Bruno Booth

Bruno Booth

I'm super happy to share the recent work of Bruno Booth who has been working lately on gorgeous, fun, minimal pieces that just scream color and have a blast with a current take on 80s and 90s shapes and palette. Also, there was zero chance I could resist posting an image of his earlier work, which is very much street art-oriented, so you'll want to read through this great Q&A and then check out his website for more!

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YS: Can you tell me a bit about what first interested you in making art? 

BB: I've always been interested in making things and I think this is feeling that a lot of artists can resonate with. From a young age my parents were always encouraging me to explore and push my boundaries and it seemed that a natural progression from this was to try and add form to the ideas in my head. Recently i've begun to flesh out my motivations behind making art, crystalizing my themes and learning what I want to do more of and what I am already finished with.

I noticed that you have a background in street art or mural painting; does that still influence your work today?

I think so, but not in the way it once did. I used to produce figurative and cartoonish murals but these aren't things that fit comfortably into the themes I'm currently working with. I enjoy the physicality required in painting murals and the different problems that you encounter during their painting but I'd like to try and simplify my designs and try and reflect more of my practice in their production. That being said, give me a few cans of spray paint, a sunny day and a big wall and i'm a happy man!

You often use a computer to start pieces. Do you have a background in digital illustration that led you to using it for your paintings?

I studied graphic design for 3 years and i've worked on quite a few album/ep covers for bands and they always seemed to dig my illustrative work. For that stuff i'll draw the artwork in pen first, then scan it and colour in Photoshop which allows you to work quickly and intuitively and as a bonus is really hard to mess up. Recently i've started making shaped canvasses, trying to produce work that looks 3 dimensional and move out from the wall. I'll sketch some designs in my book first then recreate and manipulate these shapes in Illustrator, experimenting with colour choice and dimensions.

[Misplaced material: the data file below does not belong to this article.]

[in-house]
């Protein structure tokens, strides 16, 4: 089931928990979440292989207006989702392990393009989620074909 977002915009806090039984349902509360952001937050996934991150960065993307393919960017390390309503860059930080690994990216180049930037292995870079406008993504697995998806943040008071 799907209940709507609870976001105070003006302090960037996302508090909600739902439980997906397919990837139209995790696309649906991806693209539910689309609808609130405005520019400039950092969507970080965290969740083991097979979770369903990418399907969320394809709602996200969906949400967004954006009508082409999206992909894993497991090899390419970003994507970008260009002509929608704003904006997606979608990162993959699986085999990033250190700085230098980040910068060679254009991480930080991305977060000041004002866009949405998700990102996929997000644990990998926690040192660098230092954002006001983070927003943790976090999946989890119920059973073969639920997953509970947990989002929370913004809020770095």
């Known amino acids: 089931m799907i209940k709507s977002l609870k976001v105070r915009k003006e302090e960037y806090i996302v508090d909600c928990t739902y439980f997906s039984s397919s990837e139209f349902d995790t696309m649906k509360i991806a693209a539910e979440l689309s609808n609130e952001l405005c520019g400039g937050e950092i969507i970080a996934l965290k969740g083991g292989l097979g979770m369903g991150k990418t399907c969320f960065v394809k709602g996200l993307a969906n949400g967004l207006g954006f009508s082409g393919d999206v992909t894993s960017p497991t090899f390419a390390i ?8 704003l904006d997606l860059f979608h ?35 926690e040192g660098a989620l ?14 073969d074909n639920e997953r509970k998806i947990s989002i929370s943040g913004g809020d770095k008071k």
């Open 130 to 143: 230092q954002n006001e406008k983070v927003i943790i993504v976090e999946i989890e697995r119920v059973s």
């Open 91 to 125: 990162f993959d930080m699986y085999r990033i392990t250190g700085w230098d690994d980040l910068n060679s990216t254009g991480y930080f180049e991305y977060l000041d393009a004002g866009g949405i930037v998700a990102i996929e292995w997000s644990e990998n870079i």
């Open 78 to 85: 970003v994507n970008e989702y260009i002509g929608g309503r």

Where do you get your ideas from, or is each piece something of a spontaneous experiment?

Tough one. I guess most of my ideas come indirectly from photographs that I take. I'm a bit of a digital hoarder, taking hundreds of photographs of anything that i'm currently working on, objects that i find interesting and unique colour schemes in nature and the built environment. In fact I've recently started a second Instagram account thats devoted to this hobby which you can see here @all_of_the_everything.  I often scroll rapidly through my collection and i find ideas just seem to pop out at me in the process. However, I do try and experiment with new materials and methods frequently as I find doing so can be really inspiring.

What do you like most about using different mediums, first the computer, and then painting?

I really like having a handle on a number of different tools and mediums. I'm a tech collector, not technology but rather technique. I really enjoy teaching myself new things and I think doing so broadens my artistic horizons and feeds directly back into my practice. Using the computer for me is the same as using a paintbrush, a camera, a spray can or a pencil; they're all tools that I can employ in creating something new and from that I gain some small satisfaction.

Do you have any particularly strong influences, or mentors?

I'm influenced by so much and whilst there are some constants I find that they can be ephemeral. Some stalwarts for me are The Washington Colour School, AC4CA, John Wyndam, Hunter S Thompson, Richard Dawkins, Josh Sperling, Greg Bogin, Sam Friedman, Morgan Blair, Egon Schiele, Anish Kapoor, Jonny Niesche, Ellswoth Kelly, Frank Stella, Wu Tang Clan, Biggie, Aphex Twin, Howling Wolf, Johnny Cash, Bill Murray, NPR and my girlfriend Betty Richards. Also cats, more as influencers not mentors.  

What do you consider to be the most exciting or rewarding aspect of working as an artist?

Solving problems.

On the flip side of that, is there anything you find particularly challenging? In that vein, what do you need most as an artist?

Not being able to solve a problem satisfactorily. I've come to realise as well that all I really need to solve the problems I set myself are time, I'd like to say I need more of it but if I'm honest I think it would be a bit more useful to make more of the time that I currently have.

What is the best advice you've ever received?

Don't make work that you don't like. Sounds simple I know but I needed it pointed out to me!

Do you have any upcoming exhibitions or projects?

I'm working on a few murals at the moment which are a lot of work but also a lot of fun. I have a solo exhibition In January next year, a residency and another exhibition in April/March and then a residency at PICA (Perth Institute for Contemporary Art) Next October/November. 

Anything else you would like to add?

Not really, eat your vegetables maybe?

Find more at hawkwinstonhawk.com!

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